Subject: All time UNITED FA Cup Semi-Final Stats 1909 (Bramall Lane) 40,118 UNITED 1 (Halse) Newcastle 0 (United won Cup) 1926 (Bramall Lane) 46,450 UNITED 0 Manchester City 3 1948 (Hillsborough) 60,000 UNITED 3 (Pearson 3) Derby County 1 (United won Cup) 1949 (Hillsbrough) 62,250 UNITED 1 (Mitten) Wolverhampton Wanderers 1 aet 1949 (Goodison Park) 73,000 UNITED 0 Wolverhampton Wanderers 1 1957 (Hillsborough) 65,107 UNITED 2 (Berry, Charlton) Birmingham City 0 1958 (Villa Park) 69,745 UNITED 2 (Charlton 2) Fulham 2 1958 (Highbury) 38,000 UNITED 5 (Dawson 3, Charlton, Brennan) Fulham 3 1962 (Hillsborough) 65,000 UNITED 1 (Herd) Tottenham Hotspur 3 1963 (Villa Park) 65,000 UNITED 1 (Law) Southampton 0 (United won Cup) 1964 (Hillsborough) 65,000 UNITED 1 (Law) West Ham United 3 1965 (Hillsborough) 65,000 UNITED 0 Leeds United 0 1965 (City Ground) 46,300 UNITED 0 Leeds United 1 1966 (Burnden Park) 60,000 UNITED 0 Everton 1 1970 (Hillsborough) 55,000 UNITED 0 Leeds United 0 1970 (Villa Park) 62,500 UNITED 0 Leeds United 0 1970 (Burnden Park) 56,000 UNITED 0 Leeds United 1 1976 (Hillsborough) 55,000 UNITED 2 (Hill 2) Derby County 0 1977 (Hillsborough) 55,000 UNITED 2 (Coppell, J.Greenhoff) Leeds United 1 (United won Cup) 1979 (Maine Road) 52,524 UNITED 2 (Jordan, B.Greenhoff) Liverpool 2 1979 (Goodison Park) 53,069 UNITED 1 (J.Greenhoff) Liverpool 0 1983 (Villa Park) 46,535 UNITED 2 (Robson, Whiteside) Arsenal 1 (United won Cup) 1985 (Goodison Park) 51,690 UNITED 2 (Robson, Stapleton) Liverpool 2 1985 (Maine Road) 45,775 UNITED 2 (Robson, Hughes) Liverpool 1 (United won Cup) 1990 (Maine Road) 44,026 UNITED 3 (Robson, Webb, Wallace) Oldham Athletic 3 aet 1990 (Maine Road) 35,005 UNITED 2 (McClair, Robins) Oldham Athletic 1 aet (United won Cup) 1994 (Wembley) 56,399 UNITED 1 (Hughes) Oldham Athletic 1 aet 1994 (Maine Road) 32,311 UNITED 4 (Irwin, Kanchelskis, Robson, Giggs) Oldham Athletic 1 (United won Cup) 1995 (Villa Park) 38,256 UNITED 2 (Irwin, Pallister) Crystal Palace 2 aet 1995 (Villa Park) 18,897 UNITED 2 (Bruce, Pallister) Crystal Palace 0 1996 (Villa Park) 38,421 UNITED 2 (Cole, Beckham) Chelsea 1 (United won Cup) Summary: Bramall Lane P2 W1 D0 L1 F1 A3 Hillsborough P9 W4 D3 L2 F12 A9 Goodison Park P3 W1 D1 L1 F3 A3 VILLA PARK P7 W4 D3 L0 F11 A6 Highbury P1 W1 D0 L0 F5 A3 City Ground P1 W0 D0 L1 F0 A1 Burnden Park P2 W0 D0 L2 F0 A2 Maine Road P5 W3 D2 L0 F13 A8 Wembley P1 W0 D1 L0 F1 A1 TOTAL P31 W14 D10 L7 F46 A36 This is Uniteds 22nd FA Semi-Final, and previously we have not lost at Villa Park, in fact Leeds United were the last team to knock us out at this stage, back in 1970. Since then we have been successful in the last 9 Semi-Finals. Our FA Cup record against ARSENAL is as follows: 1906 4th Round (Bank Street) 26,500 UNITED 2 (Peddie, Sagar) Arsenal 3 1937 4th Round (Highbury) 45,637 Arsenal 5 UNITED 0 1951 5th Round (Old Trafford) 55,058 UNITED 1 (Pearson) Arsenal 0 1962 4th Round (Old Trafford) 54,082 UNITED 1 (Setters) Arsenal 0 1979 Final (Wembley) 100,000 UNITED 2 (McIlroy, McQueen) Arsenal 3 1983 Semi-Final (Villa Park) 46,535 UNITED 2 (Robson, Whiteside) Arsenal 1 1988 5th Round (Highbury) 54,161 Arsenal 2 UNITED 1 (McClair) P7 W3 D0 L4 F9 A14 On the one hand, it is the 20th anniversary of the dramatic Wembley meeting; on the other we won the only previous meeting at this stage held at the same venue.... -- Paul Hinson (email p.l.hinson@ais.salford.ac.uk) -- The best MANCHESTER UNITED STATS on the Web http://www.red11.org/mufc/stats.htm -- RESERVES AND JUNIORS http://www.red11.org/mufc/pontin.htm --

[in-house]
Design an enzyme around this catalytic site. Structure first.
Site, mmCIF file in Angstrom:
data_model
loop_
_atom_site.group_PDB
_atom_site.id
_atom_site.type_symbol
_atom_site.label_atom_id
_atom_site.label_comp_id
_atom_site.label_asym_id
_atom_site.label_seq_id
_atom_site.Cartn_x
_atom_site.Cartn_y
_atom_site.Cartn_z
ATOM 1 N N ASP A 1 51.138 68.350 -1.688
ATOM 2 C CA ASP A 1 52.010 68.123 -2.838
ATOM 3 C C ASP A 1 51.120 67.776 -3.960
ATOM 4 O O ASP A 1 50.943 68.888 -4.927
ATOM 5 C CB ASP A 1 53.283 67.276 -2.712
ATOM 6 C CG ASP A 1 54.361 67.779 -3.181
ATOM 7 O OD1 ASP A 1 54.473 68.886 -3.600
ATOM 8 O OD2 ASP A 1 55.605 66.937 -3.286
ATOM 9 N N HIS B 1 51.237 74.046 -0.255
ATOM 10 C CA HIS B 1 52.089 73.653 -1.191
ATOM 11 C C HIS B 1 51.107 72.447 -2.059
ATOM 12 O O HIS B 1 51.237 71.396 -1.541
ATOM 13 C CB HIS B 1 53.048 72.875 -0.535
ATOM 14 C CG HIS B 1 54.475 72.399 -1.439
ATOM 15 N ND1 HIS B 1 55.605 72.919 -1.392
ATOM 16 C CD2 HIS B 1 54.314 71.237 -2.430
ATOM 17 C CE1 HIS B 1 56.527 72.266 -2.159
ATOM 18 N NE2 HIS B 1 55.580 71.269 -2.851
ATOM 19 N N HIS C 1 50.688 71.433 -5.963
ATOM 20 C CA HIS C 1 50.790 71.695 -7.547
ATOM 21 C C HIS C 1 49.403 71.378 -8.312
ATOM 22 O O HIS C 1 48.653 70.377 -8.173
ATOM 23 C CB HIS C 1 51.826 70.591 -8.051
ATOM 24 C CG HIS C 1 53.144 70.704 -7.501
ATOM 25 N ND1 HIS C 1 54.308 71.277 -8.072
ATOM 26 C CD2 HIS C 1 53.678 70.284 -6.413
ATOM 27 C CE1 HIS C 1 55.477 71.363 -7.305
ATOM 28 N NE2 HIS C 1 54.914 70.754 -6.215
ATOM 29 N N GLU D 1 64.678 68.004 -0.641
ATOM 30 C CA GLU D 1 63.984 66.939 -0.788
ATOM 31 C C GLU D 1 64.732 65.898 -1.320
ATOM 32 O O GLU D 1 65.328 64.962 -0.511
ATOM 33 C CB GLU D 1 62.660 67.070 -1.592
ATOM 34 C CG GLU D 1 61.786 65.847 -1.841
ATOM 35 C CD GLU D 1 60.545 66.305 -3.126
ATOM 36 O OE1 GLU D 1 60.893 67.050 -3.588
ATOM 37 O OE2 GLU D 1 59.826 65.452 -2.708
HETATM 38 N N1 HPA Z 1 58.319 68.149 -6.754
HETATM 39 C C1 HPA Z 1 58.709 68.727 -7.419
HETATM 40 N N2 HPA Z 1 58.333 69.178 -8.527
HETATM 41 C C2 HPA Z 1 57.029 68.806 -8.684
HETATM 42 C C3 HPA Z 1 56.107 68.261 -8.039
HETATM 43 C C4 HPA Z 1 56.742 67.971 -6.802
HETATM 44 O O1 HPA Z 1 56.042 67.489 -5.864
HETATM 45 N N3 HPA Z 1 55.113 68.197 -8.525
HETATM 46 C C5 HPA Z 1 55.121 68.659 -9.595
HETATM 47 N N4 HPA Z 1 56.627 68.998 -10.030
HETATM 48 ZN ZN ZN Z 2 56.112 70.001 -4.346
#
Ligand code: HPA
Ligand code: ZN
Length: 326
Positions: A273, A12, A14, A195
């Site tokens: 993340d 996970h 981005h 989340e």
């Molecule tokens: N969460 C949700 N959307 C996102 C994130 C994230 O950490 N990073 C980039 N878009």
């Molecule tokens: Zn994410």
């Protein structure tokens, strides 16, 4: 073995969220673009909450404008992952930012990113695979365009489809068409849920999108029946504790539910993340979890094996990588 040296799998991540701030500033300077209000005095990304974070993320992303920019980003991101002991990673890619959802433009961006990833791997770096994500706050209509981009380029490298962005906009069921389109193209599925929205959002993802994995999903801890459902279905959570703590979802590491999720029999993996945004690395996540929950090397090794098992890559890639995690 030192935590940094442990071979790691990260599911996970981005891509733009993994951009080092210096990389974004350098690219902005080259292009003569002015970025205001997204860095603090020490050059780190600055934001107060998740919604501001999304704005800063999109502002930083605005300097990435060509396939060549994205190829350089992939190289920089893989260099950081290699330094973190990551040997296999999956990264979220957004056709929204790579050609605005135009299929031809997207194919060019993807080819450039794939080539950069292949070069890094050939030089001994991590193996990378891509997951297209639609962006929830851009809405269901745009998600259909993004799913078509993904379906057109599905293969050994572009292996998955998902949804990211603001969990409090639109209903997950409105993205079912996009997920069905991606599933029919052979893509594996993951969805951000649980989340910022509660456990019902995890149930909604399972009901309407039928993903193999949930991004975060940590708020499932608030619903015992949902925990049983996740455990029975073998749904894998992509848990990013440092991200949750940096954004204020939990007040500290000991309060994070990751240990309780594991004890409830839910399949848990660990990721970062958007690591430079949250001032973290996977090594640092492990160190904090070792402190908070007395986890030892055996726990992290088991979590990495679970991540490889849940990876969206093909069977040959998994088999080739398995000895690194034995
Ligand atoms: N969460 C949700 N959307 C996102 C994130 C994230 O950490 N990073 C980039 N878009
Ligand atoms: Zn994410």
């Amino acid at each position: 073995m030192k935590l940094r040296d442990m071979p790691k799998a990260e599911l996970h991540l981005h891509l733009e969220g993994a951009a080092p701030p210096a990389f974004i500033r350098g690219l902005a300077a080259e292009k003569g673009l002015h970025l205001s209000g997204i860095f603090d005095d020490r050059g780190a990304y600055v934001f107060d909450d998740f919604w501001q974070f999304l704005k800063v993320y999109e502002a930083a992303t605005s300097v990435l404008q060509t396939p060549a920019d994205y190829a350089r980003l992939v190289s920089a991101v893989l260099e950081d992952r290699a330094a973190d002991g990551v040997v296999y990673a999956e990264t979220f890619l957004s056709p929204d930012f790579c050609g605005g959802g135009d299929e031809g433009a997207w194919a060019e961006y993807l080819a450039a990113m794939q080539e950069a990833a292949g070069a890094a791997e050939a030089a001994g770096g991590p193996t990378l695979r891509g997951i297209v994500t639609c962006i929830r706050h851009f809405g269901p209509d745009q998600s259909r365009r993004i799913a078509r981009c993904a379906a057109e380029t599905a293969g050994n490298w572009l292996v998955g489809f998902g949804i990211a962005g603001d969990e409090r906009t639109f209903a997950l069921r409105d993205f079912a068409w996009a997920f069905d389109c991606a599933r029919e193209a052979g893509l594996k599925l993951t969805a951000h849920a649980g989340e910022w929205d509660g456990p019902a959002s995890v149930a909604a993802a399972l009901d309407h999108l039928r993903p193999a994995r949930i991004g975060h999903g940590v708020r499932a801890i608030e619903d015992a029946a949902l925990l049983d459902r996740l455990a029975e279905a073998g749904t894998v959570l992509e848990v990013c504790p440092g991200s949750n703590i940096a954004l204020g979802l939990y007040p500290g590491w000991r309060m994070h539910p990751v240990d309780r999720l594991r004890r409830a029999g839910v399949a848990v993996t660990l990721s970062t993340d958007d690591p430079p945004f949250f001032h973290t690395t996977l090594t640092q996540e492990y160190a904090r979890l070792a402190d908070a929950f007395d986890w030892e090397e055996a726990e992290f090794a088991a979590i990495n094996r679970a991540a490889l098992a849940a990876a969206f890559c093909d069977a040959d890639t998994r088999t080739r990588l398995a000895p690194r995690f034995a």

Subject: The Old Lady shows her muscles - OUR SALFORD LASS I arrived in Manchester yesterday afternoon to the sound of police sirens and Italians everywhere. All action was centred on Weatherspoons and I sat at the bus stop listening to the shoppers moaning about moronic football fans. Of course they had a point, as hoards of Red were running around Piccadilly at the time, throwing pint glasses at our visitors. I was feeling quite optimistic as I arrived at the Throstle's Nest to meet the son-and-heir and Pat Jennings. I had awoken with a sore throat and the beginnings of yet another deadly virus. Not something to feel excited about, you might think, but as this has happened before just about every Euro home game this season, I've begun to see it as a lucky omen (we football fans will grasp at anything, won't we?). The deadly duo eventually arrived, having had a hard afternoon's grafting in Weatherspoons. Yes, that same establishment where riots had broken out not more than an hour before! Pat insisted it had nothing to do with him as he swayed in his chair and kept muttering 'I'm only 8 stone!' He then spent the next hour playing with his new toy - sending a 'Live report from the Throstle's!' to the list and checking that no-one else in the pub had anything even remotely coming close to it in either cost or performance. Soon after, other list members started arriving and we had a very pleasant couple of hours trying not to talk too much about the game in case we got too nervous. Arriving in East Lower at about 7.30pm, we were joined by Tim who cheered me up immensely by telling me he had heard that season ticket renewals had gone out and we only had until the end of April to pay up! Thanks Tim, its being so cheery that keeps you going! We waved to Pat's young nephew, Daniel, who was sporting a new haircut and then the teams were out on the pitch. Zidane was hobbling around with his knee all bandaged up (easy to spot with his bald patch glowing in the lights) - amazing that he managed to recover miraculously as soon as the game started! The first half was surreal. I'm not sure whether it was the drugs coursing through my system (only Ibuprofen, before anyone asks), the fact that it was still light or the play on the pitch, but I was finding it hard to get into it. There was plenty of chanting and singing in the East Stand (with everyone being left to stand), but it didn't quite have the atmosphere of a Euro evening. Of course, it might have had something to do with the performance on the pitch, where Juventus were, as usual, giving us a lesson in how to play professional football. It was men against boys for most of the first half, and those around us were getting increasingly pissed off with Peter kicking the ball upfield to the Juventus defence, Scholes giving the ball away, and Becks giving a performance which was nowhere near his usual standard. As to Yorke and Neville - well both of them looked like they were still, mentally at least, in the dressing room. Only Andy was playing well. I was even heard to say we should bring Teddy on - not something you hear very often from my lips! When the Juventus goal came, it was no surprise. >From the moment that the move began we could see how it was going to end, with massive gaps in our defence. A stunned silence greeted the goal and the atmosphere never really recovered properly. From then on, it felt as if most of us were going through the motions, as the lethargy on the pitch spread to the stands. Half-time brought the arrival of Gary Pallister to do the draw - nice to hear his name echoing round the stadium again. Half-time also brought the arrival of the Sausage Man, who had been allowed out of the second tier for this one night, much to the excitement of the ladies of East Lower. Daniel also came down to get away from his drunken uncle for a few minutes, he wanted to stay with us for the second half, but was dragged kicking and screaming back to his seat. By midway through the second half, the mood had deteriorated still further and wasn't helped by Peter screaming at some fans because they hadn't returned the ball quickly enough. He was advised to turn his anger on his team-mates, where it belonged! Every time we got the ball, all eleven Juventus players were behind it and it looked like we would never get through. We gradually started to use the wide players better though, and Johnsen was a wise substitute for Berg as he is much faster and more versatile. Eventually, Fergie took my advise and substituted Yorke with Sheringham and we gave him some advice about how to make himself a United legend! And he very nearly did - from then on, the game changed. Teddy was getting to balls with his head and holding the ball up much better than Yorke had done, and it wasn't long before he had put the ball in the back of the net. The son-and-heir was, as usual, hugging a steward at the front (there's something going on between those two, I'm sure of it!) and generally going ballistic until my screaming 'it's off-side' eventually got through. Everyone at our end thought it was a goal and there was a lot of rude words spoken when the truth finally dawned. But they kept plugging away. We should have had a penalty but weren't given it, but then finally we got the piece of luck we had been waiting for. Teddy won the ball and got it into the box, Cole and another United player (can't remember who) fouled one of their defenders but the referee didn't see it and as the ball came loose, Giggs slammed it into the top of the net. This time, the son-and-heir could celebrate in earnest - the usual steward got his usual bearhug as we all went mental with relief. So an almost surreal Euro evening ended up 1-1, probably a better result that we deserved but one that certainly can be overcome in Turin. At the time, I was disappointed, but looking back at it now, I feel much better. I don't believe that Juventus are way ahead of us in skill and tactics, the way that most of the papers seem to be saying this morning. To me, it seems to be simply a mental thing - the players don't believe they can beat Juventus. That's the problem. Give them the belief and they can do it, I'm sure of it. Juventus came to do a job and they did it - with great professionalism, but they also allowed us to score an equaliser, they are not invincible, and I didn't see anything that led me to believe that our lads aren't their equals when they play well. Yorke looks overawed against decent European opposition, as I said last time, he is very inexperienced in Europe and it shows - but he will learn, and in the meantime we should start with Teddy (did I really say that??). And there were some plus points. Andy Cole was superb for the whole game, my man-of-the-match by a mile. When Yorke first came, it was he who sparked Andy into playing well, now Andy's moved beyond that. He was fast, skilful, strong - winning the ball on many occasions, and in my opinion as good as any Juventus player on the pitch. And even though we did not play as well as we would have all liked, we never gave up. There was a time when we would have folded, but not these days. As we've seen in the league and the FA Cup recently, this team doesn't give in until the final whistle goes. So, as you can see, I'm not too despondent. If anything, I think this will be good for us, because we won't go over there feeling over-confident (which we may have been this last few days - have they been believing too much of the hype?). Of course, all this optimism could just be the result of my poor state this morning! I spent most of last night with a soaring temperature, thrashing about in my bed reliving the match kick-by-kick. This morning, the whole world seems to be running at a different pace than I do, and every time I think about Sunday, I break into hysterical laughter! Oh well, its off to the funny farm for me then. How's the head this morning Pat?? :)) Copyright 1999 by OUR SALFORD LASS. All rights reserved. Not to be reproduced without permission of the author